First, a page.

When you find out that you’re pregnant, one of the first thoughts that spring to your mind is whether it’s a girl or a boy. You may be eager to find out at your 20-week scan, or perhaps you like to keep guessing until the baby is born. However, if you’re looking for hints, you may just be able to guess the baby’s gender at the 12-week scan, using what’s known as ‘nub theory’. As long as the fetus is lying at the correct angle, you can look for the ‘nub’ – and this may give you some clues.


What Is Nub Theory?

The ‘nub’, a protrusion between the baby’s legs, is said to appear in all fetuses at around 11-13 weeks’ gestation. According to the nub theory, if the nub sticks up at more than 30 degrees, it’s a boy; if the nub is angled at less than this, it’s a girl. The nubs for girls may be almost horizontal, whereas with boys, the nub would be at a much steeper angle. If you’ve got your scan coming up, look for the nub – but remember that your baby has to co-operate. You can only get a good view of the nub if the baby is lying on his/her side.

Check out the following pictures to see the nuance.


Can the Nub Theory Show the Sex of a Baby?

The nub theory is based on the premise that at 12 weeks’ gestation onwards, boys’ and girls’ genitals are positioned differently on their bodies. The genitalia are not properly formed at this stage, and both sexes have a small tubular protrusion called the genital tubercle. Nub theory advocates believe that if you’ve got a little boy, the tubercle, or ‘nub’ will be aimed upwards. Conversely, if you’re expecting a little girl, the nub will point horizontally. The 12-week-old fetus is very small, so to be able to see the nub on the scan, the baby has to be at a good angle when the images are taken by the sonographer. If your baby is kicking or turning their back on the sonography equipment at the time, you may not see the nub.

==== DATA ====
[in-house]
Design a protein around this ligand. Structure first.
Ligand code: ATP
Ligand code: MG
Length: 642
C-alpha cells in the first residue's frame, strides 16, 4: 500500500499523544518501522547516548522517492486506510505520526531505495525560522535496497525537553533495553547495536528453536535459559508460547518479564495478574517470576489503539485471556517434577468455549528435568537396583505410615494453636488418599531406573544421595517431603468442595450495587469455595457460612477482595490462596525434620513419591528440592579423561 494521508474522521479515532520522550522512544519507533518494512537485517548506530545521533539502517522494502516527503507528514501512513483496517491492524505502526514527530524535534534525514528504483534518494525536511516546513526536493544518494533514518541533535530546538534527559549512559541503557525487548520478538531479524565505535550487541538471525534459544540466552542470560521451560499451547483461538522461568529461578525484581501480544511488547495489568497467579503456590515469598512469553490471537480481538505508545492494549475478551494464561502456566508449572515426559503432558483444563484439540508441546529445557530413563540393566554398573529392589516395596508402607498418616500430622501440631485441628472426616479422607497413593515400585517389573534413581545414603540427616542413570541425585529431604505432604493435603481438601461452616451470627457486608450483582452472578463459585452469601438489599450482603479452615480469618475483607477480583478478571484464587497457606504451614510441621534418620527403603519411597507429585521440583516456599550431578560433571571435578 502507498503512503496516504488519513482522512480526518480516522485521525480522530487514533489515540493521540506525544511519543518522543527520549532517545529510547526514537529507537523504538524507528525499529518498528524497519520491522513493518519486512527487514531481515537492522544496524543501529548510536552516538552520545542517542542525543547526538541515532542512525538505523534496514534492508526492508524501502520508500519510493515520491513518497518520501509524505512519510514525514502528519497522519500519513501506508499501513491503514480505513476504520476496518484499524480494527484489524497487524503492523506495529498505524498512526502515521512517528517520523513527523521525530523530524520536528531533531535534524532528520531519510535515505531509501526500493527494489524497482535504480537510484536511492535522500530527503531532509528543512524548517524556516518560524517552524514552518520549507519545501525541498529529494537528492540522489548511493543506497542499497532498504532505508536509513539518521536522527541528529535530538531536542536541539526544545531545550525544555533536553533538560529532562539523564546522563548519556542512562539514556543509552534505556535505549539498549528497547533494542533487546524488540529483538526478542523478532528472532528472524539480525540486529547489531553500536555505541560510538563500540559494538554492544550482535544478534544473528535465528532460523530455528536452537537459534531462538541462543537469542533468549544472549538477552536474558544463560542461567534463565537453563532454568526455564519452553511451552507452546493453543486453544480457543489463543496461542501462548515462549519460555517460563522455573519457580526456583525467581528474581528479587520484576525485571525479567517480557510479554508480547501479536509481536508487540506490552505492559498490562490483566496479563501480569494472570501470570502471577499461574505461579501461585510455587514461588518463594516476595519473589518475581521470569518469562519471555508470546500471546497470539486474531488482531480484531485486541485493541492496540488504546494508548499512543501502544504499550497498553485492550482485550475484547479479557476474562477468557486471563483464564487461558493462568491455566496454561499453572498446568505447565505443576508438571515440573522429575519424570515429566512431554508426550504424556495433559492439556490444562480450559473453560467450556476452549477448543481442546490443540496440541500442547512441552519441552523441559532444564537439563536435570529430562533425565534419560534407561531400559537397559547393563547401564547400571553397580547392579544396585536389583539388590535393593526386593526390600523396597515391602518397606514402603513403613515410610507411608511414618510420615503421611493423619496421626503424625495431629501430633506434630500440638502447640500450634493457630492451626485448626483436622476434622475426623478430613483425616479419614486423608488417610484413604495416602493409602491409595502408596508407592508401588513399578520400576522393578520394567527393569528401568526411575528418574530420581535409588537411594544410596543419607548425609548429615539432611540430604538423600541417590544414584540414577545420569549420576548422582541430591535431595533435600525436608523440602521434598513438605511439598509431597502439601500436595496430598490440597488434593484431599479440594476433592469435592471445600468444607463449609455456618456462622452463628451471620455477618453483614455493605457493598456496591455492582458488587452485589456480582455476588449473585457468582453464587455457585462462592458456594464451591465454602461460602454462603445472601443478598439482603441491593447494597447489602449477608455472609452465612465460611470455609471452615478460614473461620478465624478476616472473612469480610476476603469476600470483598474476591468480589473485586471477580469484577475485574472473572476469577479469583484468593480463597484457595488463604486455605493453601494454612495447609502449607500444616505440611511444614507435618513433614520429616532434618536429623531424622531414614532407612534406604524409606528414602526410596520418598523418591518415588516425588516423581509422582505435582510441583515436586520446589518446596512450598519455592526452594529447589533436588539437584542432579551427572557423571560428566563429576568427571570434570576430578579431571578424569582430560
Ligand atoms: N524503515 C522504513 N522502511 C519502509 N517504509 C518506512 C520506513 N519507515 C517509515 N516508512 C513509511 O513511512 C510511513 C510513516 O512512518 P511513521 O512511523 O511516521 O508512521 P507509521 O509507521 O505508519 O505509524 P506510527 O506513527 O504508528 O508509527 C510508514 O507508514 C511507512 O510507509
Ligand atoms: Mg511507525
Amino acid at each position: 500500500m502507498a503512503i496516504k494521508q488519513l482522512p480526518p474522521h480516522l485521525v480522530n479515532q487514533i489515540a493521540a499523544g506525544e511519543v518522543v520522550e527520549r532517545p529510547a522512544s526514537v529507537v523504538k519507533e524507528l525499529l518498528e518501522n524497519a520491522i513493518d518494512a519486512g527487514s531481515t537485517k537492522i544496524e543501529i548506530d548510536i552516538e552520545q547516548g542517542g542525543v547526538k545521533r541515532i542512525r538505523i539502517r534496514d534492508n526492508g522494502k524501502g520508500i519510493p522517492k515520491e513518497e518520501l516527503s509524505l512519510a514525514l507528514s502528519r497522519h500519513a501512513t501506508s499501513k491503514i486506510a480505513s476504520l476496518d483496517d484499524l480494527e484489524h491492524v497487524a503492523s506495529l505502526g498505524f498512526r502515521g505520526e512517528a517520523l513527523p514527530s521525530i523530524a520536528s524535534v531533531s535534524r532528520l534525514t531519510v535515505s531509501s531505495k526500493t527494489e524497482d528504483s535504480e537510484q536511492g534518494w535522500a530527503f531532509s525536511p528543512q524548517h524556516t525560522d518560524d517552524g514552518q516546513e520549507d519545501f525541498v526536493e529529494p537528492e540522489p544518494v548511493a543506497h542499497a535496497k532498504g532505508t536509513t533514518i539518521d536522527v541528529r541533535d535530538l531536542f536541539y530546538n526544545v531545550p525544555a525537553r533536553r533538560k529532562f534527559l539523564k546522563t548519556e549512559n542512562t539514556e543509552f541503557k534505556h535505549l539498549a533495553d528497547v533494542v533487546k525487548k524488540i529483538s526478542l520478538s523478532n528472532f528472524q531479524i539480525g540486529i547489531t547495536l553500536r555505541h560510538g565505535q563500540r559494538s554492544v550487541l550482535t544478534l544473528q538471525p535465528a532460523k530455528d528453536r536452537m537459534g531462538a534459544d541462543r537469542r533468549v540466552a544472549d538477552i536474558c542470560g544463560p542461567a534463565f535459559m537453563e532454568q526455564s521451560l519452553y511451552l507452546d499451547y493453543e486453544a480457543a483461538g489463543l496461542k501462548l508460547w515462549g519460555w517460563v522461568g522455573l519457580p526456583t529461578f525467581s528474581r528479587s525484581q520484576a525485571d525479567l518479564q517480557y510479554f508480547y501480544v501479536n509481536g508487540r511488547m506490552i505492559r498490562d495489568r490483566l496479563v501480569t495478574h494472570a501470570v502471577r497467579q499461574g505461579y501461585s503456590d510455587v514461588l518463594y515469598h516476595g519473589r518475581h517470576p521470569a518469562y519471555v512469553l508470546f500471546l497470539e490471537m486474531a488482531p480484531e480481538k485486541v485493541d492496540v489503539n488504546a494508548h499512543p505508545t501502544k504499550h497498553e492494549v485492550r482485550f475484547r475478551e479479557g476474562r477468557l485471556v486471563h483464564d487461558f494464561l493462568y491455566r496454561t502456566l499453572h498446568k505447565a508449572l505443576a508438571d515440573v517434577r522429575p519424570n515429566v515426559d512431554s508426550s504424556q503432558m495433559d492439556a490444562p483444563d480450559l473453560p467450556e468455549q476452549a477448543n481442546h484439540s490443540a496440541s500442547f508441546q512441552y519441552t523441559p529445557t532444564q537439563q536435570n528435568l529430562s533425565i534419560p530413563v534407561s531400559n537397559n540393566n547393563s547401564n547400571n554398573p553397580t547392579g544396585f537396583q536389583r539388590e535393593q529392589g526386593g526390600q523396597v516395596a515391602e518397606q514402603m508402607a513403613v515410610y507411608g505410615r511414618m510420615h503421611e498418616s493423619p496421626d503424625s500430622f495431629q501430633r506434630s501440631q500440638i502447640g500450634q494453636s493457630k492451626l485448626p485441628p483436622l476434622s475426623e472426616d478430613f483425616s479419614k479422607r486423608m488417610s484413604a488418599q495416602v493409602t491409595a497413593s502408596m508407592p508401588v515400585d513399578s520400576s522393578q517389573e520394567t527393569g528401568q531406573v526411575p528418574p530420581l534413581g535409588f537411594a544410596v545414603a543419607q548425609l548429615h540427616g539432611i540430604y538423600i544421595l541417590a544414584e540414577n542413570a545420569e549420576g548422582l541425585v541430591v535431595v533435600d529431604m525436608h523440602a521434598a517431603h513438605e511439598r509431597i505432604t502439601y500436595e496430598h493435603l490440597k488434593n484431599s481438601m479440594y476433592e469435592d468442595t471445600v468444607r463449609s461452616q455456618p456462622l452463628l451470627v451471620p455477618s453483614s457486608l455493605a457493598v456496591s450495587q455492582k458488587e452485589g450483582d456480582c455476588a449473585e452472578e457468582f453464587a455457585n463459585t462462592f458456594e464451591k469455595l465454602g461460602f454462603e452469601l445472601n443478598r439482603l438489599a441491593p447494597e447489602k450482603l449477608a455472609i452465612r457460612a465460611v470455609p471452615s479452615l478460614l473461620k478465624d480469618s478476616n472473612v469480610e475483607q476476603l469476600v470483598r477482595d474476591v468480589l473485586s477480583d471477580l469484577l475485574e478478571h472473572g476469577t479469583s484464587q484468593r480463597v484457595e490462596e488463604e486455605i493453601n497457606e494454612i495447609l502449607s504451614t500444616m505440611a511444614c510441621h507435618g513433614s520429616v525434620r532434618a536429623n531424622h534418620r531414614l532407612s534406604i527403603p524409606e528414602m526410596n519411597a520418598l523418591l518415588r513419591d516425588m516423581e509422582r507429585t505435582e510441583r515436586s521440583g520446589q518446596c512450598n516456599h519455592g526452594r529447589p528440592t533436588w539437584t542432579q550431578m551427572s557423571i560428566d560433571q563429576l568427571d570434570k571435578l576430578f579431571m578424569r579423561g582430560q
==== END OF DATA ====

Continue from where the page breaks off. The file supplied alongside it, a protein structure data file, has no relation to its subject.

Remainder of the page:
The nub theory has no solid medical research to back it up, but lots of parents insist that it works. However, you’re unlikely to get a confirmation or denial from the medical professional doing the scan. You may find it useful to compare your scans with those of another fetus whose gender is known, or those of a baby that has been born. Remember, it’s important to not take the nub theory too seriously and decorate your baby’s bedroom based on the results, as it can be wrong sometimes.


What Do People Say About Nub Theory?

Jenny says:

“I absolutely believe in the nub theory. 12 weeks pregnant, and it showed me that I was expecting a boy – and I was!”

Katy says:

“I’m currently expecting a boy, and his scan looks exactly the same as that of my first child – a daughter.”

Leah says:

“When I asked my sonographer about nub theory, she said that you can’t tell the gender by the nub, as it can hang in either position. Therefore, it’s best to wait for your 20-week scan if you really want to know.”

Catty says:

“My first baby had a nub pointed upwards and was a boy. Now I’ve just found out the gender of my second and the nub theory was correct yet again!”

Anna says:

“I think that if you use the nub theory 12 weeks or before, it’s unreliable. It said I was expecting a boy, but I’ve just had a girl.”

Piggy_love says:

“I was told I was having a boy at 13 weeks by a new technician, but at the anatomy ultrasound, they found out that it was a girl. Having said that, the doctor was testing the technical operators to see if they could predict babies’ genders at 13 weeks – most were around 80% accurate.”

Virtuesplea says:

“I’ve used the nub theory to correctly predict the gender of my last three children, and I’ve become really good at guessing. Remember that the baby needs to be at least 12 weeks (or preferably 13) gestation. So the technician can perfectly capture the midline shot, with the fetus’s back slightly uncurled.”

Hbgbz says:

“The technicians at both of my 13 week scans said that my first was most likely a girl, and the second a boy. For a few weeks, I didn’t want to trust what they said, but subsequent ultrasounds confirmed that the technicians were correct.”


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